4. David Says:

    Also Brian is completely insane. If you agree to have your likeness used on television, the agreement includes giving up the right to control how people interpret you. Oftentimes (and in Katie Lee’s case) you are paid for this inconvenience. I don’t watch Top Chef (that’s a whole other issue) but if I did I wouldn’t lose a second of sleep over judging Katie Lee Joel adversely. She can afford not to care.

  5. David Says:

    And by Brian I mean Bob.

  6. tripinchina Says:

    Good point!

    I’d perhaps take it even further and argue that you never really have the right (or ability) to control how people interpret you…

    The Al Gore link should be working now. The text is available here: http://www.breitbart.com/article.php?id=d8d2iu703&show_article=1

    Let me know what you think!

  7. David Says:

    I have two problems with that Al Gore speech. Conveniently, they call to mind two quotes that I rather like. The first is as follows:

    “Accept certain inalienable truths: prices will rise, politicians will philander, you too will get old. And when you do, you’ll fantasize that when you were young, prices were reasonable, politicians were noble, and children respected their elders.”

    That’s Baz Luhrmann, from that song he had on the radio in 1999 where he just spouted random advice. I didn’t really care for the song, but this line resonates with me. The big issue I take with Al Gore, or anyone who says that our society has been “dumbed down,” is that yes, you can certainly show me statistics that say our society is dumb. But compared to what? He gives precious few hard facts to support his thesis that the “marketplace of ideas” was ever anywhere close to the ideal imagined by our country’s founders. He has one throwaway line that talks about the easy availability of production for media back in those days, but never backs that up. Okay, I accept that Thomas Paine managed to get his famous pamphlet circulated pretty widely. Wasn’t he a rich white man with rich white man friends? Someone needs to prove to me that “anyone” had the means to participate in this so-called ”marketplace.” And speaking of which, he asserts that anyone could participate in the free flow of ideas, given the prerequisite of literacy. Well, given the fact that public education was a hugely controversial issue well into the 19th century, and blacks and women were second-class citizens until well into the 20th century, I’d say this is a pretty massive prerequisite for most of American history.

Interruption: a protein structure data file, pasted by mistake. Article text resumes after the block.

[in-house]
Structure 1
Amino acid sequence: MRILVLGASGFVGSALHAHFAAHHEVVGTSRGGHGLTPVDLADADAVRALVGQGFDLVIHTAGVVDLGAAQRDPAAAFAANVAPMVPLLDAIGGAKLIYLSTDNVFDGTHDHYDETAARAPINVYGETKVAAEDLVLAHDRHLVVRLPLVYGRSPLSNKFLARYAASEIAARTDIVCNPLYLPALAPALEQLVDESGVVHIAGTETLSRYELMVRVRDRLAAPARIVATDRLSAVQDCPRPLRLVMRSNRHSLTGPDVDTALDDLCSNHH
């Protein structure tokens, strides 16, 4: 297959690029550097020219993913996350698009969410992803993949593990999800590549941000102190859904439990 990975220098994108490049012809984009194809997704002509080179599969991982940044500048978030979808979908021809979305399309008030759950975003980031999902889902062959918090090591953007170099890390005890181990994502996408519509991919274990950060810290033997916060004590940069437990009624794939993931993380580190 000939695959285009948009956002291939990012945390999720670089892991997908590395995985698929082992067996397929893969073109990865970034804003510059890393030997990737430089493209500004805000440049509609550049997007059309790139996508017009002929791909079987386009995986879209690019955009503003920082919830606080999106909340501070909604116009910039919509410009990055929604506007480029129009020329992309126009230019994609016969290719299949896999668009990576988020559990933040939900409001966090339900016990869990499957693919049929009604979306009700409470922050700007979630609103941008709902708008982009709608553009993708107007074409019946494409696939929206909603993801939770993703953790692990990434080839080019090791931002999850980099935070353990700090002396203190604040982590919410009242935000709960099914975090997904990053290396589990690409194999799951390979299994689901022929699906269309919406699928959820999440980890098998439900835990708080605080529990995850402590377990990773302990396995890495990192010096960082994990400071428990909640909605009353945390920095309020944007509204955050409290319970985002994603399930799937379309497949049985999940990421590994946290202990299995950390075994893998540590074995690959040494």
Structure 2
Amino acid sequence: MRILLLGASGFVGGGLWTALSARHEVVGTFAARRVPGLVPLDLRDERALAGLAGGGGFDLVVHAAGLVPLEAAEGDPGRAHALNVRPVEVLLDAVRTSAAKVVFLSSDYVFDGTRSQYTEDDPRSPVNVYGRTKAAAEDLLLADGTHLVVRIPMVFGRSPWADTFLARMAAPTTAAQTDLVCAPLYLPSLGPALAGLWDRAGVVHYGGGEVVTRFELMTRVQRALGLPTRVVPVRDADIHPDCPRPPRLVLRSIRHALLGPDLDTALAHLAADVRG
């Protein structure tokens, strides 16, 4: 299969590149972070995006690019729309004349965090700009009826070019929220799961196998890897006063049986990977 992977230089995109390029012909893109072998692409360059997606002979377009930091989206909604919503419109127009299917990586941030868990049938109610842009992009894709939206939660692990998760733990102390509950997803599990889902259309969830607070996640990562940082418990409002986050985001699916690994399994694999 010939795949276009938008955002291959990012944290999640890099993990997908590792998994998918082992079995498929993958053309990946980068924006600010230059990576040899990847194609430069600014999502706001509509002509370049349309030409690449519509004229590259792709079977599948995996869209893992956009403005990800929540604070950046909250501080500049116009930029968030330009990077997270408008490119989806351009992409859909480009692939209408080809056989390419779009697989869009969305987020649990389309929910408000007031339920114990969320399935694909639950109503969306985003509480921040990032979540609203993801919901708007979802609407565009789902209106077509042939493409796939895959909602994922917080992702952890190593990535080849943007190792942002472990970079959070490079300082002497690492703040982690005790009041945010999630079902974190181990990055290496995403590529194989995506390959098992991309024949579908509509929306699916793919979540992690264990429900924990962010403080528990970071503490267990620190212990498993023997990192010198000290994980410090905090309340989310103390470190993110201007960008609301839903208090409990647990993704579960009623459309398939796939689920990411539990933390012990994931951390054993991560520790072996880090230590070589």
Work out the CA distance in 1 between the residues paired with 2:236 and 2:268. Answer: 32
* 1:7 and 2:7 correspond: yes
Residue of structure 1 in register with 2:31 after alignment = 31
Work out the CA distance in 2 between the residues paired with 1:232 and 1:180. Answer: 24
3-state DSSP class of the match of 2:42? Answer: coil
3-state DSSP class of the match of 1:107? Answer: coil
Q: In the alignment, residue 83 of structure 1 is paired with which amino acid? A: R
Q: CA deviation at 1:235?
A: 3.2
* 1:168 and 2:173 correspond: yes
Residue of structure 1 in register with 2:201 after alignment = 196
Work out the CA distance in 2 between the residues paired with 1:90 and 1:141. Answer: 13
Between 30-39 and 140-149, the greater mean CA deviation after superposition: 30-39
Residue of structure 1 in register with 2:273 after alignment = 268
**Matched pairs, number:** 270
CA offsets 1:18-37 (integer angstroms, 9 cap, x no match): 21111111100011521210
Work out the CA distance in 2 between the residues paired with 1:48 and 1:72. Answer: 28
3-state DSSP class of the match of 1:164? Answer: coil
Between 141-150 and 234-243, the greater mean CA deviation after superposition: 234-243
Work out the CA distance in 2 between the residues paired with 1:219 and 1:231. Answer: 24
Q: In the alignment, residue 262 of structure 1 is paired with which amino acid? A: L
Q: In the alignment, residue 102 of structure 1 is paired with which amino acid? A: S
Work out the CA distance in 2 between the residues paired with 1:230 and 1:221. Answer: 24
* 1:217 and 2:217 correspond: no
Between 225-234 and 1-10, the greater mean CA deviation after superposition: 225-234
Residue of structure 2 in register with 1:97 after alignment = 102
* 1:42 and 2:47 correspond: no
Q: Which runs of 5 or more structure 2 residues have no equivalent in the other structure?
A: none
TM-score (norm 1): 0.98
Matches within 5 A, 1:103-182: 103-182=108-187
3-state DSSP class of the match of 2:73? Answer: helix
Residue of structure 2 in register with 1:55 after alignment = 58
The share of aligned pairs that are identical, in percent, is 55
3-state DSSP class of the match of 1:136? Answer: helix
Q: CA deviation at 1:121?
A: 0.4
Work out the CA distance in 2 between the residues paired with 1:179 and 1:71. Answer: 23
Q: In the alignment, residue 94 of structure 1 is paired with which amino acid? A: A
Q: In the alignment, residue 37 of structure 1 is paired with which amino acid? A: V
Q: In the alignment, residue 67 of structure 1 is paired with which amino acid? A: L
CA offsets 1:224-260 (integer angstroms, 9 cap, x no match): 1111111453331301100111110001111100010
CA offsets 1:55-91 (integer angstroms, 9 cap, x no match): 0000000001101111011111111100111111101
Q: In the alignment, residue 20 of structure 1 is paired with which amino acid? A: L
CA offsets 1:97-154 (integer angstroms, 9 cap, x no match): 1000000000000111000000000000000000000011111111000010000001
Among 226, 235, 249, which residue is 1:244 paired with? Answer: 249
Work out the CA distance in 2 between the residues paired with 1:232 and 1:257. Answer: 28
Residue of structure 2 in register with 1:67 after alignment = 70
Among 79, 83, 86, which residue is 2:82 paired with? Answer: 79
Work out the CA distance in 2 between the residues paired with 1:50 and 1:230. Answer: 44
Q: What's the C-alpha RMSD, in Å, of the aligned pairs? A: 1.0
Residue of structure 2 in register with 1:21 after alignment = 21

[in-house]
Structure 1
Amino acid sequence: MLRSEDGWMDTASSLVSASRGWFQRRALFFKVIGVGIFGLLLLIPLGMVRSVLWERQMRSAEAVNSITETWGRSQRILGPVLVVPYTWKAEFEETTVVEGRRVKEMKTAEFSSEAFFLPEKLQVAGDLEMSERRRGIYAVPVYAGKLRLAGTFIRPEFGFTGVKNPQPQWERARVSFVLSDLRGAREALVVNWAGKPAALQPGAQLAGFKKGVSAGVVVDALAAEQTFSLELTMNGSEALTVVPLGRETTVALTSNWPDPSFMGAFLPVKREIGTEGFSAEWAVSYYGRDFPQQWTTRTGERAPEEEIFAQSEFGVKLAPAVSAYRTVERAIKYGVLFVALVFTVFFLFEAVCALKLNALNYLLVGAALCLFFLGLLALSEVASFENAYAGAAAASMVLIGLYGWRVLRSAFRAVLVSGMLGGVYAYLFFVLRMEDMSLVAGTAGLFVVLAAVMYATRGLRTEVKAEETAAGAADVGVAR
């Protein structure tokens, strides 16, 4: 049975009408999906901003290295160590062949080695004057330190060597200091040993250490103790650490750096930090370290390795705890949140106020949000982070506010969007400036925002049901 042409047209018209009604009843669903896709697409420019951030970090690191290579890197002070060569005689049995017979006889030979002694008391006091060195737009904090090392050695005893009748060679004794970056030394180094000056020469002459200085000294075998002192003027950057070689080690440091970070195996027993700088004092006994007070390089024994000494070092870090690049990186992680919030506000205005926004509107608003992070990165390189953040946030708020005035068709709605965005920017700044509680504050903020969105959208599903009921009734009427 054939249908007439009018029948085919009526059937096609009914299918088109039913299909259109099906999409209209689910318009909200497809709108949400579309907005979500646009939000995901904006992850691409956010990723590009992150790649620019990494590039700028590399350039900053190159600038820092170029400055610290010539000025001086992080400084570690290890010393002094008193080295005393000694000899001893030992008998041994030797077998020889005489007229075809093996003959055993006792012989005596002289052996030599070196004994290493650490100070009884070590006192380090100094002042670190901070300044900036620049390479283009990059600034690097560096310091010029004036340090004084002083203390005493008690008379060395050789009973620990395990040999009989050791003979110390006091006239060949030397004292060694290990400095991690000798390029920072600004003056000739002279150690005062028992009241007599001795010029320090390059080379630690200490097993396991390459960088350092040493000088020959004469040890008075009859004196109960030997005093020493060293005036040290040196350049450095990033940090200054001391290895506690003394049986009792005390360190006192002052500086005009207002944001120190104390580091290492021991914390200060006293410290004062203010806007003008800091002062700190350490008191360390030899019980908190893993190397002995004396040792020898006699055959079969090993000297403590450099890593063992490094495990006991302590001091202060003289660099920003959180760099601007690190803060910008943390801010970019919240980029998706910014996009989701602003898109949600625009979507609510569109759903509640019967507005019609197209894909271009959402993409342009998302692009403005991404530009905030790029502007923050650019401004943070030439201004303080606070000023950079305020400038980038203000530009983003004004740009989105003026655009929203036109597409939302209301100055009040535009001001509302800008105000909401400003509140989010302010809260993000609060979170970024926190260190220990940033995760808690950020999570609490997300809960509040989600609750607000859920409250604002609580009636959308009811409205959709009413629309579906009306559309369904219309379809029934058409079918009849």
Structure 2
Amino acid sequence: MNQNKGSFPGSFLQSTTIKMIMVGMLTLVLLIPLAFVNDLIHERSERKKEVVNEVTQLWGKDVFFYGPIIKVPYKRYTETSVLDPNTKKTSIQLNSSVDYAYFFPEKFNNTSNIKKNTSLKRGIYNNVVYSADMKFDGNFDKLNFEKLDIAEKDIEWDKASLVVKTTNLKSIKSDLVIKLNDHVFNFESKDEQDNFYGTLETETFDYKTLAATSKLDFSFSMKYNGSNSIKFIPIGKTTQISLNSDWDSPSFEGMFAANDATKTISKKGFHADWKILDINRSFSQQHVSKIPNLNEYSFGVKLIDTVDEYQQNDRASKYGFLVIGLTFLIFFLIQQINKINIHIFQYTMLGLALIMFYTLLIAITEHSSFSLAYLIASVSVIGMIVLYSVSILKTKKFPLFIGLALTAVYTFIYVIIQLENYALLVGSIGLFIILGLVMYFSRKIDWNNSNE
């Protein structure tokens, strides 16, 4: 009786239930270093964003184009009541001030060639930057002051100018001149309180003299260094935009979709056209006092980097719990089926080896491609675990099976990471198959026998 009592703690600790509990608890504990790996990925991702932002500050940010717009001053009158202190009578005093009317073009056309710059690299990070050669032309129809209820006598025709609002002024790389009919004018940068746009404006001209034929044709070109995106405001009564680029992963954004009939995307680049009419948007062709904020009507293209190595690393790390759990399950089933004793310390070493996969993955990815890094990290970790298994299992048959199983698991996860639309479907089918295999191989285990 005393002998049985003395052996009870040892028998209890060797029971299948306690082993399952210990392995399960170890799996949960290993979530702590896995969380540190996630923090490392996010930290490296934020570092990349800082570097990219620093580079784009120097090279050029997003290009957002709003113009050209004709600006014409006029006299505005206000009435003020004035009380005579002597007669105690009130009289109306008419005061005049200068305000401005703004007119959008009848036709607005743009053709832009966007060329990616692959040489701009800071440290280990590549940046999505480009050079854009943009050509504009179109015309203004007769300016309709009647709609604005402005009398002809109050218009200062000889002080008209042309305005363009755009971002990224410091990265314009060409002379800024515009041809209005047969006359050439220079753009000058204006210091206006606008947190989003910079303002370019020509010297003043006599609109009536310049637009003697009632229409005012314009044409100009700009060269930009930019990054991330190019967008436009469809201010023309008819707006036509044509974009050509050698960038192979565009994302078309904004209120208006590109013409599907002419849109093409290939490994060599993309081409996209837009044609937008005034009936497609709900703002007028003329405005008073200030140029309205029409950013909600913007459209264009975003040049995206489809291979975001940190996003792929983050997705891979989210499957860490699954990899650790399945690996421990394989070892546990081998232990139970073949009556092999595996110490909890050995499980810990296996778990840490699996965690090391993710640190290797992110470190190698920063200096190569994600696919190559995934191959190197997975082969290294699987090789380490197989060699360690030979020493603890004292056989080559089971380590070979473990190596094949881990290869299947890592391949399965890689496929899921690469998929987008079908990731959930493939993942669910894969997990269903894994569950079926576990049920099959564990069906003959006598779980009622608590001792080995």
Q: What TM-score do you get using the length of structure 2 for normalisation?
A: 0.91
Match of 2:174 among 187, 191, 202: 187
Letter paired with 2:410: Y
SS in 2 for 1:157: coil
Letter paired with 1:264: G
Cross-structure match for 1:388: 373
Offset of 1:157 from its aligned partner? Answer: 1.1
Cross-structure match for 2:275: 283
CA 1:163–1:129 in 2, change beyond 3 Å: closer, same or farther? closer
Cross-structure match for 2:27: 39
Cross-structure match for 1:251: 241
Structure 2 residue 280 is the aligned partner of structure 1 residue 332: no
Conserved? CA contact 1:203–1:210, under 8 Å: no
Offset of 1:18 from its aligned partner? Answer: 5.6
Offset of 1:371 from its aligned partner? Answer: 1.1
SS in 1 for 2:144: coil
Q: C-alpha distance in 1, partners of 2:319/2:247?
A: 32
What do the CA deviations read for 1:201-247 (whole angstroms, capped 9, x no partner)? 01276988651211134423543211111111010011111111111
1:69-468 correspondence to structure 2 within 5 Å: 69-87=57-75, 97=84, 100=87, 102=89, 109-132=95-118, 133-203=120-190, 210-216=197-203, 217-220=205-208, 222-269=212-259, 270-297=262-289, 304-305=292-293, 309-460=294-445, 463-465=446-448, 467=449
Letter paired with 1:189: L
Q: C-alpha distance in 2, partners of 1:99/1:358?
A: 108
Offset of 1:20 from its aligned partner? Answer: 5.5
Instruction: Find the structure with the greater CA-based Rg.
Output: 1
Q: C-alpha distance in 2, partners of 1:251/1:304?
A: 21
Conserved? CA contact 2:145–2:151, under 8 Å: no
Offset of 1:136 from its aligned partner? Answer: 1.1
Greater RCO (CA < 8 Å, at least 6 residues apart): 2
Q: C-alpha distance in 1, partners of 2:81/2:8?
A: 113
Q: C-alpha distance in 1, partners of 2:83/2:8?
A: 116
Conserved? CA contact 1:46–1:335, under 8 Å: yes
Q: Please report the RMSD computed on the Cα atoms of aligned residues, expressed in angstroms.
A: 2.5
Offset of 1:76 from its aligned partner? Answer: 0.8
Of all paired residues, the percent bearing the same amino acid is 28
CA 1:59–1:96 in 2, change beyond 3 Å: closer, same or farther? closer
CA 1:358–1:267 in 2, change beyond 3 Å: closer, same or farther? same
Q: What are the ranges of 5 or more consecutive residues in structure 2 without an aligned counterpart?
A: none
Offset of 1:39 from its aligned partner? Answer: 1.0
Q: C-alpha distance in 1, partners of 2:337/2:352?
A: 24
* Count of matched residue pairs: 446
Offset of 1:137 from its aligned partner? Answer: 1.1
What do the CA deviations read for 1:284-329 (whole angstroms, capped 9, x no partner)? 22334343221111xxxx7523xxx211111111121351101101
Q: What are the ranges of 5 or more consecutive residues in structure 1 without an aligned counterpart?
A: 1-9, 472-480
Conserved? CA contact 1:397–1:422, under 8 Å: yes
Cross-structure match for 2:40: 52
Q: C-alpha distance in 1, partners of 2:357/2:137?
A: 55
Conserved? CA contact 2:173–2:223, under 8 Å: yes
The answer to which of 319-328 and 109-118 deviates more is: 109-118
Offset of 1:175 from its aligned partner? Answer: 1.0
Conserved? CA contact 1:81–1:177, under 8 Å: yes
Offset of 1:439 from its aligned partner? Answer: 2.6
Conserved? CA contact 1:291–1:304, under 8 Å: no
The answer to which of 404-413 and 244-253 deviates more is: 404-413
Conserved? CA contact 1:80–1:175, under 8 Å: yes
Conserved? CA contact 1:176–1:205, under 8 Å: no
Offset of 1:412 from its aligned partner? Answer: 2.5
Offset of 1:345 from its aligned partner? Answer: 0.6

Furthermore, he idealizes the newspaper as a medium, going so far as to imply that the printed word is the champion of meritocracy by presenting all sides fairly. I’m sorry, I refuse to believe that television invented the idea of a mindless medium devoid of ideas. Gore references Robert Byrd haranguing an empty senate hall that has lost its capacity to discern the truth; the first thing I thought of (though I wasn’t there at the time) was senator Abraham Lincoln, charging the Polk administration with misleading the public THROUGH THE NEWSPAPERS among other outlets into supporting a war with Mexico. What, exactly, has changed in the media since Lincoln unsuccessfully tried to reveal that Polk had blatantly lied about Mexican aggression? And of course there’s the more obvious example, the “yellow journalism” propagated by William Randolph Hearst, who may have single-handedly driven the US to war with Spain for his own interests. And this brings me to my next quote: